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UN Habitat celebrated World Water Day 2011 in Nepal

Posted 22 March, 04:16 pm

At the time when the global community was observing World Water Day (WWD)- 2011, Nepal celebrated National Water Week 2011 from 17- 22 March, 2011 to mark the WWD 2011 at national level. This year WWD 2011 had been dedicated to the theme “Water and Urbanization”, with slogan “Water for Cities: Responding to the Urban Challenges”.

The Nepal National Water Week Organizing Committee (NNWWOC), chaired by Water and Energy Commission Secretariat, Government of Nepal (WECS/GoN), coordinated several activities during a week long programme. UN Habitat associated with NNWWOC as an active coalition organization to participate in NWW- 2011 and provided support in different events held to celebrate NWW.

The WECS, Centre of Research for Environment Energy and Water, and the Small Earth Nepal organized the “Second National Symposium on Challenges and Opportunities for Sustainable Management of Groundwater Resources of the Kathmandu Valley, Nepal” was organized in Kathmandu on 22 March, 2011. The symposium aimed at sharing the knowledge on quantitative and qualitative management of groundwater use in the Kathmandu Valley along with its legislative issues. In addition, the programme had also been expected to identify remedial measures to improve quality of groundwater in the valley, and raise awareness on significance of groundwater and its current status in the Kathmandu Valley among stakeholders, sector player and high level policy-makers.

As an associate partner of organizing committee, UN Habitat participated at the symposium and Padma Sundar Joshi, Habitat Programme Manager, UN Habitat shared about the challenges of urban water management in Kathmandu Valley at the programme. He believed that urban dwellers including denizen of Kathmandu are compel to dig deeper and exploit fossil water due to acute water shortage in cities. Therefore, he stressed on urgent need for a national dialogue on urban water management.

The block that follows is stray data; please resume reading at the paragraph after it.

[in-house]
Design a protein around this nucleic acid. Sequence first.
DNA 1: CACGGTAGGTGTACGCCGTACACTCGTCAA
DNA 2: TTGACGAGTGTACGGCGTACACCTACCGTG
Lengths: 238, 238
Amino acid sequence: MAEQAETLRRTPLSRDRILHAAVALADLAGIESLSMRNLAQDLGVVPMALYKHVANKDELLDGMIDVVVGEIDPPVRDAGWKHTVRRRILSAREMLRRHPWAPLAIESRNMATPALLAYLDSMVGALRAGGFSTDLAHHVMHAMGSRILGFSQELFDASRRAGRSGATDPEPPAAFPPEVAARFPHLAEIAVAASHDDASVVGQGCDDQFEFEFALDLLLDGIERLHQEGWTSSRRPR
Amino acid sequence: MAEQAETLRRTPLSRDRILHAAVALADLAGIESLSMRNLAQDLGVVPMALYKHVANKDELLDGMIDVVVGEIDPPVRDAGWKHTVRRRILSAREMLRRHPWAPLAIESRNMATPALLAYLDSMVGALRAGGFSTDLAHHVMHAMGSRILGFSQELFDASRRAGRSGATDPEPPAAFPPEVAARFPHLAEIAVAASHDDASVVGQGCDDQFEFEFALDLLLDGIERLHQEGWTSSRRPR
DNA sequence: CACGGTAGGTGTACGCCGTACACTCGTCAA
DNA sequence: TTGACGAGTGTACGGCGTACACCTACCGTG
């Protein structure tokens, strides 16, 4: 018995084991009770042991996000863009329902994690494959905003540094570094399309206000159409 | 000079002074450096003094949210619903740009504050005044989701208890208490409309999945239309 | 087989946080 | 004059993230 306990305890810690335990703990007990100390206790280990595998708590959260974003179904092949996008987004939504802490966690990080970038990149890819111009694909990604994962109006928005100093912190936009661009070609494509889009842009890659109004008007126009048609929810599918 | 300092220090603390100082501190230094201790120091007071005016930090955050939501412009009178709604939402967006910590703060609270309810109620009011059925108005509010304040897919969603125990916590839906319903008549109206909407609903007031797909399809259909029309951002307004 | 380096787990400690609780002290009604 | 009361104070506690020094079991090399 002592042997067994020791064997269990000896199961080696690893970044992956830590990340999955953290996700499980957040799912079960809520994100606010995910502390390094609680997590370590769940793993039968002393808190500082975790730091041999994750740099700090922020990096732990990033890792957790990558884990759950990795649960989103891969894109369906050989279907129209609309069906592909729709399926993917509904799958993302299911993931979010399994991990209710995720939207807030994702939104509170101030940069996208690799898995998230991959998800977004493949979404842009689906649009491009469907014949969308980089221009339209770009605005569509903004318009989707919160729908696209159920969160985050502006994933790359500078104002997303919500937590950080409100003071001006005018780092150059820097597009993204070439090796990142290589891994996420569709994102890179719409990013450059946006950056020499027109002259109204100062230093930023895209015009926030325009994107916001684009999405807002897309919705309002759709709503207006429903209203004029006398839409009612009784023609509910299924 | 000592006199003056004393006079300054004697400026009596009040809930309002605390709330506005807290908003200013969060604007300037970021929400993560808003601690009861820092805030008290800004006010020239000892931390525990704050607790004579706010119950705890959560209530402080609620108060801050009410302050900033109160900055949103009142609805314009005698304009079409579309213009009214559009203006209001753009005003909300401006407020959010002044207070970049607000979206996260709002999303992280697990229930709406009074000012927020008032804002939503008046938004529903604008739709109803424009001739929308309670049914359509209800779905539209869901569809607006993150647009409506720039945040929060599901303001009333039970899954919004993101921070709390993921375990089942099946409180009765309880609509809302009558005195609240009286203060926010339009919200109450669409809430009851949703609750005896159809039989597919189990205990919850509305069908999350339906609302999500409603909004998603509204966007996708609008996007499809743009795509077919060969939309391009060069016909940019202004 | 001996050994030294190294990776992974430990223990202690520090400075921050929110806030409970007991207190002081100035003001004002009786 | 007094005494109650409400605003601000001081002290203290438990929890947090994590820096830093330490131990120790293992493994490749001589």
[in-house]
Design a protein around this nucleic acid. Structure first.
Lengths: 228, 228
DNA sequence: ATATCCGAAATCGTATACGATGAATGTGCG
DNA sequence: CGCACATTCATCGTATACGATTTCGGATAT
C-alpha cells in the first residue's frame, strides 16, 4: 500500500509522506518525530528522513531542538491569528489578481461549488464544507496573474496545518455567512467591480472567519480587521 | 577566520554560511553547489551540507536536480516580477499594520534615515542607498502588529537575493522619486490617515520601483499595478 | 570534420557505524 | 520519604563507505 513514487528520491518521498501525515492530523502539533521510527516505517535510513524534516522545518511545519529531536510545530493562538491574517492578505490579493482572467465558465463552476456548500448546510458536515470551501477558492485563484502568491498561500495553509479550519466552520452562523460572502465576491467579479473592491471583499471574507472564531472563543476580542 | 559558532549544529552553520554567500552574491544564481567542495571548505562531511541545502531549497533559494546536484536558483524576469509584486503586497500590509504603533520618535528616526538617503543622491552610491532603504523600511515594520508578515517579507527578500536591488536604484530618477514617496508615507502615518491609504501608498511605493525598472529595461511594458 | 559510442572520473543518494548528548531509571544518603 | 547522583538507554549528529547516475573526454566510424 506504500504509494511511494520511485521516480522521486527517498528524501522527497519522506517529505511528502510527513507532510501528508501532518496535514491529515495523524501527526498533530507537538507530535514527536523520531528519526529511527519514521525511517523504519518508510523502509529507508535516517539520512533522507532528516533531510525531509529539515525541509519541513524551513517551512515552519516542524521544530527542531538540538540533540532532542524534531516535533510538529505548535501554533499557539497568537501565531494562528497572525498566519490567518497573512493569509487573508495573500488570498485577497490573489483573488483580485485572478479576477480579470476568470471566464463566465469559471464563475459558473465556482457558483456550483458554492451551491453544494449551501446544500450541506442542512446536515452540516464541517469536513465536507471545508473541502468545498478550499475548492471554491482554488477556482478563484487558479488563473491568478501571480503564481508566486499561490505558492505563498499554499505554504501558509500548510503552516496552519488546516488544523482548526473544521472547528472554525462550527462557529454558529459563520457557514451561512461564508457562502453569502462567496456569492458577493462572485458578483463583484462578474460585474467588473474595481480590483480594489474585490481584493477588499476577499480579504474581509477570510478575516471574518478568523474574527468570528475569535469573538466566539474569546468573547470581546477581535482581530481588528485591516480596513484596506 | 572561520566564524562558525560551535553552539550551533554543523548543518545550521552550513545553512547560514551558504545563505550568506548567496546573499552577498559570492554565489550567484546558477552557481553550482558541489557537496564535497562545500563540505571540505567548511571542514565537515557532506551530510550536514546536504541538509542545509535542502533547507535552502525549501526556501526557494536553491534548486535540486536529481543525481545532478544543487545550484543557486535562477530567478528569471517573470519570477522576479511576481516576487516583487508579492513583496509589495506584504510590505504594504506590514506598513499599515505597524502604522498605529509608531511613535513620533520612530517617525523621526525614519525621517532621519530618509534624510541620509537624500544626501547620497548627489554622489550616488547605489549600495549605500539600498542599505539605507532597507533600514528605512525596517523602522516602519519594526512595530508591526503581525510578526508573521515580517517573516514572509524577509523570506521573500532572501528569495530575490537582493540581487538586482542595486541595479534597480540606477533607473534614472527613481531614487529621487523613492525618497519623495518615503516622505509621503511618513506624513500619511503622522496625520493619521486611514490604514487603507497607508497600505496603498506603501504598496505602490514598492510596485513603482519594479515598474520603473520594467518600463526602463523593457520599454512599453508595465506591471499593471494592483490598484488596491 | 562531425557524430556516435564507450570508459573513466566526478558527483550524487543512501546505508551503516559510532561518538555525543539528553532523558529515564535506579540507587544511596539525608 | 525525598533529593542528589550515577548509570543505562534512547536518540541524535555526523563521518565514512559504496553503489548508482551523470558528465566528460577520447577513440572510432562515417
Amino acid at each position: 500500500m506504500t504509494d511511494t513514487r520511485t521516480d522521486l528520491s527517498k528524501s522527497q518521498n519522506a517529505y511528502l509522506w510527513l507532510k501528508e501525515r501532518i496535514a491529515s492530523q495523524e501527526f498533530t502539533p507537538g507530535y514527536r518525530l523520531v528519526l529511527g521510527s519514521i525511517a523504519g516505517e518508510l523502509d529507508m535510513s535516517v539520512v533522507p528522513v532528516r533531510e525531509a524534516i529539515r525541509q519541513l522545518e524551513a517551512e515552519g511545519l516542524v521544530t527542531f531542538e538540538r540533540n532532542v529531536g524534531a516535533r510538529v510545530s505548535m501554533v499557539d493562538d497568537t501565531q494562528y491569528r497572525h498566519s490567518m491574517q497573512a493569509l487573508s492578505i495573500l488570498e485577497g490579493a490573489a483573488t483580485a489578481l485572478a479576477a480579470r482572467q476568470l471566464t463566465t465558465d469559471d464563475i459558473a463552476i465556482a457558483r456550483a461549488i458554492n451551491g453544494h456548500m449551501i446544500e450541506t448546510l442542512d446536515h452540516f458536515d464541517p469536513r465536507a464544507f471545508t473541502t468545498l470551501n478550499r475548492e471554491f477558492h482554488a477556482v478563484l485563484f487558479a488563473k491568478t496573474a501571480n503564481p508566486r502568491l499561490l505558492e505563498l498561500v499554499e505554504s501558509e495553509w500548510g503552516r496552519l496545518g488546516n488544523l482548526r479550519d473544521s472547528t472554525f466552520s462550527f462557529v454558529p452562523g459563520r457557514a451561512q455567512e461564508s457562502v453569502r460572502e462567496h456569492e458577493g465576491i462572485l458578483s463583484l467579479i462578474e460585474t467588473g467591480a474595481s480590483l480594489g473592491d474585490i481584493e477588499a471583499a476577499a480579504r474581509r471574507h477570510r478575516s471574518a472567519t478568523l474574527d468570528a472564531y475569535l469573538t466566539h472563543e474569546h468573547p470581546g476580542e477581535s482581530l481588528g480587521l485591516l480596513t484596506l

At the programme, experts discussed on community based water management and its challenges, river pollution rainwater recharge, ownership and groundwater issues, drinking water quality, wastewater treatment, and groundwater management in Asia-Pacific.

Meanwhile, a sharing workshop was also held in Lalitpur to share about different aspects of rain water harvesting and discuss on challenges related to water supply in urban areas. The workshop had been coordinated by the Society of Public Health Engineers, Nepal (SOPHEN) with support of Department of Water Supply and Sewerage (DWSS), UN Habitat and World Health Organization (WHO) and Rural Water Supply and Sanitation Fund Development Board (RWSSFB).

The workshop recommended for rainwater harvesting for drinking as well as ground water recharging purpose. It also suggested the policy makers to address the issues related to water sources and its ownership. The experts also urged the Kathmandu Upatyaka Khanepani Limited (KUKL) for improving its management and reviewing the water tariff.

Amid the sharing workshop, a journal of water, sanitation, health and environment was also released.

UN Habitat also celebrated WWD- 2011 in WAC Project areas outside Kathmandu Valley. The Sukekhola Community of Kamalamai Municipality was declared Open Defecation Free (ODF) on this occasion.

The community had been declared ODF amid a function organized by the Sukekhola Environment Improvement Committee and the New Star Child Club.

Earlier, only 12 out of 88 households in Sukekhola had toilet facility. Locals used to practice open defecation owing to lack of toilets in their houses.

In 2009 AD, the Sukekhola Environment Improvement Committee and the Centre for Integrated Urban Development with support of UN Habitat and Water Aid Nepal initiated water and sanitation improvement activities in Sukekhola under Kamalamai Integrated Water, Sanitation and Hygiene programme.

The programme supported the villagers to construct toilet in the remaining 66 households. It also conducted various water and sanitation activities in the community to enhance their knowledge on health and hygiene, which in turn helped villagers to declare their community ODF. After this declaration, Sukekhola has become the first ODF community in Kamalamai Municipality.